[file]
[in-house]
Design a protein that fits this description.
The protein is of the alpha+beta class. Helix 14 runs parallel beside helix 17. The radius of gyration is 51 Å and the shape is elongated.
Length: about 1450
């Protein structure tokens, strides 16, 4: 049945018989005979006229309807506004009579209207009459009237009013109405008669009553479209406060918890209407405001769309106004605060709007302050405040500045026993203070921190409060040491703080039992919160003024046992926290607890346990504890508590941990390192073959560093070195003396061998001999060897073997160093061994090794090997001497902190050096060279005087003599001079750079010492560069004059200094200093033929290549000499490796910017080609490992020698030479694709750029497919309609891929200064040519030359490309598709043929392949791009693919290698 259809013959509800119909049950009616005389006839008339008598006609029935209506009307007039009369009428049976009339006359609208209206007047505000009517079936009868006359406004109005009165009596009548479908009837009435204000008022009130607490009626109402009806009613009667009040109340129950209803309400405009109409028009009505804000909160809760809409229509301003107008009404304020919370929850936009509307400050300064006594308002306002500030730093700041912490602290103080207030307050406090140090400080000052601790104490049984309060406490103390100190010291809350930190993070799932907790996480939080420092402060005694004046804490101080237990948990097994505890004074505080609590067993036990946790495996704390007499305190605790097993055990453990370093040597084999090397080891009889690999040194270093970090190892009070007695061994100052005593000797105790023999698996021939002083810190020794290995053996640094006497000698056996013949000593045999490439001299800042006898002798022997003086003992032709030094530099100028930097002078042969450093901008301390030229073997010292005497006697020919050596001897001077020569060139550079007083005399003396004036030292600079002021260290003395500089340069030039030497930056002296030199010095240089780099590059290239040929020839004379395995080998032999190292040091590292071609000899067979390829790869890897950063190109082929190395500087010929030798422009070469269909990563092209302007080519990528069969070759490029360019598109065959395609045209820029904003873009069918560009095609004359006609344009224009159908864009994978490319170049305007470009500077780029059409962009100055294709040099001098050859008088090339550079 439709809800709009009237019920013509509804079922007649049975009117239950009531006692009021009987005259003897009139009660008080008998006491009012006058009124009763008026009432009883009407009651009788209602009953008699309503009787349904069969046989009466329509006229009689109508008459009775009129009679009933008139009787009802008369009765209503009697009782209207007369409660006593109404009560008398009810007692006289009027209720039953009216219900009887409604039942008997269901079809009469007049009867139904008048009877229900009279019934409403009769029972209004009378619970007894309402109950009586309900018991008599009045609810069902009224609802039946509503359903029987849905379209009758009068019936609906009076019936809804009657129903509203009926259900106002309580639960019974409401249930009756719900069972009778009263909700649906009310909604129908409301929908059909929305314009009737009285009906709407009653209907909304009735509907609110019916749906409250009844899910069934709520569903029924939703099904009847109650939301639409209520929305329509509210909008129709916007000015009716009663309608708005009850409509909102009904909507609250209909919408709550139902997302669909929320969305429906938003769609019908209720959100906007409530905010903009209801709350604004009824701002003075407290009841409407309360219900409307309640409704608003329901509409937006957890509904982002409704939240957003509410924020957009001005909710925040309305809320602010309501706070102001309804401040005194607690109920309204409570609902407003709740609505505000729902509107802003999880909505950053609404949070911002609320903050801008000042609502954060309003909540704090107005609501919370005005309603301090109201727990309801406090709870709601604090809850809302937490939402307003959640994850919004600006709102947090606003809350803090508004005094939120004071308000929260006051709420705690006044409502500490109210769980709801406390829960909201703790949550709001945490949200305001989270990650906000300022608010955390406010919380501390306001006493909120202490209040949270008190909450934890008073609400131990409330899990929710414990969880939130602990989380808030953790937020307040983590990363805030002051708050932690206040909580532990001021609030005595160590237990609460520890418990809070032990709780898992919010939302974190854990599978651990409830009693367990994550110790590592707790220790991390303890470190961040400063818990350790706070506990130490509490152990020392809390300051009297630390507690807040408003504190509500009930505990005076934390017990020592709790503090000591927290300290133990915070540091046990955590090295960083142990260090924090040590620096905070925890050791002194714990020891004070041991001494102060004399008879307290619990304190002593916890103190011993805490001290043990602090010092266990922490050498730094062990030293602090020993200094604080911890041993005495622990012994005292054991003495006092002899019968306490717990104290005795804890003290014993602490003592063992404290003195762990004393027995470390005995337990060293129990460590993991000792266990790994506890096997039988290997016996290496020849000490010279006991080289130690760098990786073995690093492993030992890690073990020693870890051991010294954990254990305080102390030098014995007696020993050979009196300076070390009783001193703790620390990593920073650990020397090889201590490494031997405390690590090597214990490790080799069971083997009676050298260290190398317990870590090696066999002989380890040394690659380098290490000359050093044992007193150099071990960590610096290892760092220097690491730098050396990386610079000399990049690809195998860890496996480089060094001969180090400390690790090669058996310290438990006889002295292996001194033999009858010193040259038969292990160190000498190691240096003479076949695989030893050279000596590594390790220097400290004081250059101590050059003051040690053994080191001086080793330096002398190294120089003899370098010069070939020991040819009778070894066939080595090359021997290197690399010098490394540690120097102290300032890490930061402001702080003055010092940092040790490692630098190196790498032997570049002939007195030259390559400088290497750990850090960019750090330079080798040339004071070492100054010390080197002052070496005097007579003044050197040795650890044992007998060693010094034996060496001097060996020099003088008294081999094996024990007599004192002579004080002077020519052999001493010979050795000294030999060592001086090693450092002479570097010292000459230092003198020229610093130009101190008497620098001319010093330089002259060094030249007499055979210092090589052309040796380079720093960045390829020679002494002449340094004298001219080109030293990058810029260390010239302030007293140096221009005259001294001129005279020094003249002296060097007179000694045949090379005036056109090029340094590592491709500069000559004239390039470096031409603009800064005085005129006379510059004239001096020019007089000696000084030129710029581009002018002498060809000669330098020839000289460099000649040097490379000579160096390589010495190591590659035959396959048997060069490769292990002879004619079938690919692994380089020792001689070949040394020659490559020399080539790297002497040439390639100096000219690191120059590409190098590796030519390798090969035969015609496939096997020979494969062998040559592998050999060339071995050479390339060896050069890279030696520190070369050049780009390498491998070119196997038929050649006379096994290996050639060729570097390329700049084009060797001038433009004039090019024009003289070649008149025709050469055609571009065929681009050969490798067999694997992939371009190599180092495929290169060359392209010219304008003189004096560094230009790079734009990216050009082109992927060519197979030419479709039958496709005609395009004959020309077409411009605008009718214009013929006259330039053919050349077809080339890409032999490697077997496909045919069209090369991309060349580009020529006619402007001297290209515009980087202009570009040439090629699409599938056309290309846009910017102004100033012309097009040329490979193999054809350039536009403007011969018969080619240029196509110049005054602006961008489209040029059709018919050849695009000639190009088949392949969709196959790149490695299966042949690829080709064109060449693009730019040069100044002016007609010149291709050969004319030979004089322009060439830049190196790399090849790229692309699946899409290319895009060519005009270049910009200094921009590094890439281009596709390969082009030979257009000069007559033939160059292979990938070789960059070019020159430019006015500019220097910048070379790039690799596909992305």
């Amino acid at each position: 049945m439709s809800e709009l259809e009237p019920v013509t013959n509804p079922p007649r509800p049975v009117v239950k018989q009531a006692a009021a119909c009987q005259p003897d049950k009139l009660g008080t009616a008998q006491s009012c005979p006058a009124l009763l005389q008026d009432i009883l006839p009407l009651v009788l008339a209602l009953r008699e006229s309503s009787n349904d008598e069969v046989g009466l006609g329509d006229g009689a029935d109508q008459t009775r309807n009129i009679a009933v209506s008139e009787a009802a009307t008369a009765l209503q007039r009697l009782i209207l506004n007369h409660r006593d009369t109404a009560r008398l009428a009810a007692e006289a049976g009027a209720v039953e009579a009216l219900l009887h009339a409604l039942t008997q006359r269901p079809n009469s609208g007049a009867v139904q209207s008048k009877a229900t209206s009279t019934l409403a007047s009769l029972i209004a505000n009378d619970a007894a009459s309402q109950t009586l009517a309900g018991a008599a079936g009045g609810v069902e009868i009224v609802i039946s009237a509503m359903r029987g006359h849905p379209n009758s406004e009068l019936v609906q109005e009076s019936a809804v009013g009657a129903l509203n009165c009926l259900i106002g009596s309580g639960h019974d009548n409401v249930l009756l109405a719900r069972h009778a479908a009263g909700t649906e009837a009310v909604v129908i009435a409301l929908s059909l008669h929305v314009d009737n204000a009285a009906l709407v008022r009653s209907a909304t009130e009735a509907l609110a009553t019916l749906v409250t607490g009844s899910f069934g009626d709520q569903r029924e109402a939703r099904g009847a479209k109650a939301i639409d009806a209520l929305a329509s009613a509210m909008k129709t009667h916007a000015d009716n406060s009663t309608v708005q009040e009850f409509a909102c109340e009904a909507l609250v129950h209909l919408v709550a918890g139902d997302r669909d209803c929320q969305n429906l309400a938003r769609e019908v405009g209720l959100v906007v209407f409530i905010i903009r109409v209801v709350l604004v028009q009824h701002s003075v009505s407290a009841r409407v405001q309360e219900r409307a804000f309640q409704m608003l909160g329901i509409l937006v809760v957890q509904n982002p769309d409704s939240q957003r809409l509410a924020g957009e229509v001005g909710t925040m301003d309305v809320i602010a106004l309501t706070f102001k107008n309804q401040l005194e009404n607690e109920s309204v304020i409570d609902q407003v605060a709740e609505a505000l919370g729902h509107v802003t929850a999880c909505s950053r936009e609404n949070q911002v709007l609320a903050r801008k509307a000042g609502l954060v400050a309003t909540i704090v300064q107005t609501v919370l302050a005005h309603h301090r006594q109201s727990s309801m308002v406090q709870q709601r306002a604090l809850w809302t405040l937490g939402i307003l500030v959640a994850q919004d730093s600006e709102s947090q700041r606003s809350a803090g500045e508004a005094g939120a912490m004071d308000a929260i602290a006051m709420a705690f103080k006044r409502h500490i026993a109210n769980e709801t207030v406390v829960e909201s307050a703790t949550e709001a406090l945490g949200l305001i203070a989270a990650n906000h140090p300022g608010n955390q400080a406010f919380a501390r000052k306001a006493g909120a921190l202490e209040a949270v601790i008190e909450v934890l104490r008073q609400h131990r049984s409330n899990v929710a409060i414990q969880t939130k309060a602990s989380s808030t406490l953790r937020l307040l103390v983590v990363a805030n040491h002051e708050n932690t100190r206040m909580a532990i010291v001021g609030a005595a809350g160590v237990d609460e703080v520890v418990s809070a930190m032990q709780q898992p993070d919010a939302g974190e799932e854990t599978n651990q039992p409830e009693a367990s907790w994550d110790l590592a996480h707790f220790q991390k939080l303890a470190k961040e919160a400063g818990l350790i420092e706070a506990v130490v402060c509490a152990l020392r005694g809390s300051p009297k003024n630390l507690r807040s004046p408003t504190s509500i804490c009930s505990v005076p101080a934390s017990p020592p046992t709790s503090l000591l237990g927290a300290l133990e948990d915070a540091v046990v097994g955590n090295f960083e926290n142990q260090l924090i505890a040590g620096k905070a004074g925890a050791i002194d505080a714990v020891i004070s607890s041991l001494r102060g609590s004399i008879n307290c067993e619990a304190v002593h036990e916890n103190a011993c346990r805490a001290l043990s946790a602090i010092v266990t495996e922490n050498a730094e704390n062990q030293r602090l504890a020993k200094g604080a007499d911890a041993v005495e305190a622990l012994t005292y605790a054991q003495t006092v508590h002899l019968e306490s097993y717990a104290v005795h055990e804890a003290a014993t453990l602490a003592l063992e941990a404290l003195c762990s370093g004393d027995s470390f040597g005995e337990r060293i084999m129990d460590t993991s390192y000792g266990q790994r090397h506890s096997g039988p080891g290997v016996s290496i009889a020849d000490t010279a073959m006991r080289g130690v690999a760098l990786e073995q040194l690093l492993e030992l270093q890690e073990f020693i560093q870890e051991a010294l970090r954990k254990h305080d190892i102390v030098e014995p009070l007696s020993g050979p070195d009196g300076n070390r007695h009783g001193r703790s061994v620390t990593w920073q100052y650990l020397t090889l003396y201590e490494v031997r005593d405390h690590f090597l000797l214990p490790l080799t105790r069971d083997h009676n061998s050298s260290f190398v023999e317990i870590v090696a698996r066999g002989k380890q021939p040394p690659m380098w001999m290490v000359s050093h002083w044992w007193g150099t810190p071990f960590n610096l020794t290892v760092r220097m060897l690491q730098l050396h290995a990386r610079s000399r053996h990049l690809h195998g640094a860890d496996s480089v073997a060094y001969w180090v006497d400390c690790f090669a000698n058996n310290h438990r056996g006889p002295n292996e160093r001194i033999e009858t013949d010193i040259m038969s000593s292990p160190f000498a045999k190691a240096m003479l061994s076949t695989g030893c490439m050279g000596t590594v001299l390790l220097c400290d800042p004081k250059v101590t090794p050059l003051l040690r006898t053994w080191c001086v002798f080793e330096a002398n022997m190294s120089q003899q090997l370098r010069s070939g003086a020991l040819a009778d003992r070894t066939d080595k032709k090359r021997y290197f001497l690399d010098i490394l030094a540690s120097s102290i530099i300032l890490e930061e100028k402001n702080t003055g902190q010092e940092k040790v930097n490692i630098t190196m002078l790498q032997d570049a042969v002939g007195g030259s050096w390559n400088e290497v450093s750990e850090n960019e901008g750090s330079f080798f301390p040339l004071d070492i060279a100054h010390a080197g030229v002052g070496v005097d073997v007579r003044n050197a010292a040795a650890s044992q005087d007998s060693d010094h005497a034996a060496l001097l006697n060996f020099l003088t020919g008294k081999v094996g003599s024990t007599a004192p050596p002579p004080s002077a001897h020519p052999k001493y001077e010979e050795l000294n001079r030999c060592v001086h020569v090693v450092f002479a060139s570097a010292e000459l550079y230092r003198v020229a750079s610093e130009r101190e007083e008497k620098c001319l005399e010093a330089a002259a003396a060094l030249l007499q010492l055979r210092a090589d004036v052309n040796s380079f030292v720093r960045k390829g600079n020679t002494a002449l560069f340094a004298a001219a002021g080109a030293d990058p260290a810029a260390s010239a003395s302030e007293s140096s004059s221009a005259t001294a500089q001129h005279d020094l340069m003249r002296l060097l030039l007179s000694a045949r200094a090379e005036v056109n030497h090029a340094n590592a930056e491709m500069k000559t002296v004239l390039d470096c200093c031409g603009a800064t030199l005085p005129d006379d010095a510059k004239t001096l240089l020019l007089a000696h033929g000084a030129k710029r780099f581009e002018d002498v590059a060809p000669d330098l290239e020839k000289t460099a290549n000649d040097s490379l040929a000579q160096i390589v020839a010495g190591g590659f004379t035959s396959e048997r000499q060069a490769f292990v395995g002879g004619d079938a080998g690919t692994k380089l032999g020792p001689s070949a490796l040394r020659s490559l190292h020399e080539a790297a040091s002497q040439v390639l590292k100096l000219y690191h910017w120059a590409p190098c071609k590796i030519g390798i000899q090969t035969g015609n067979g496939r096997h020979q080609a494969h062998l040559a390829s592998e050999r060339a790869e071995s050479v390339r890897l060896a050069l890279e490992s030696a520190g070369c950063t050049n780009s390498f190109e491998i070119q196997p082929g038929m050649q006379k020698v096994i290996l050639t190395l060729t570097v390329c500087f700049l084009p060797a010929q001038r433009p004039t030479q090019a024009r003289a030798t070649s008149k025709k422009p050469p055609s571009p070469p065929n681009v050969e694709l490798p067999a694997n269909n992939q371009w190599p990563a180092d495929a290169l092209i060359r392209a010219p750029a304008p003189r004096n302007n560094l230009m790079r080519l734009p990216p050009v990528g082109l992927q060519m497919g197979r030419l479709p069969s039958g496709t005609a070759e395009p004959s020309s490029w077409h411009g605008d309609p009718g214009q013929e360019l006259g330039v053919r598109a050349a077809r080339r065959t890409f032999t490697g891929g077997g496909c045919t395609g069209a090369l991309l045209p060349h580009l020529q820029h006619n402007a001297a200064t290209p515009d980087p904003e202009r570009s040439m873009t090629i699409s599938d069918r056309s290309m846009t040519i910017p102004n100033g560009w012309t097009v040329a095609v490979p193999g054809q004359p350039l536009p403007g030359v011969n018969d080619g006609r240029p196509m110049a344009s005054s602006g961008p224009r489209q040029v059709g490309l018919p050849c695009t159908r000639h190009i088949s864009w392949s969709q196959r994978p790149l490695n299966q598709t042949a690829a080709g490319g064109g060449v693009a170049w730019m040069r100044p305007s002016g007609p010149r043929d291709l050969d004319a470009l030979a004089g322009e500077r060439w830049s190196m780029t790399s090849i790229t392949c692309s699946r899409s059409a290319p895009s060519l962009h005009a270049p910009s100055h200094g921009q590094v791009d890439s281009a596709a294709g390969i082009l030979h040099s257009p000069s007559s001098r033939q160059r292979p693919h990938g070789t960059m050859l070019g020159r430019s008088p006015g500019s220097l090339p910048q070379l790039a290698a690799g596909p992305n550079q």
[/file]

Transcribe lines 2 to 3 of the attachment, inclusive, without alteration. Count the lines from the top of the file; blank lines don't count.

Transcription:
Design a protein that fits this description.
The protein is of the alpha+beta class. Helix 14 runs parallel beside helix 17. The radius of gyration is 51 Å and the shape is elongated.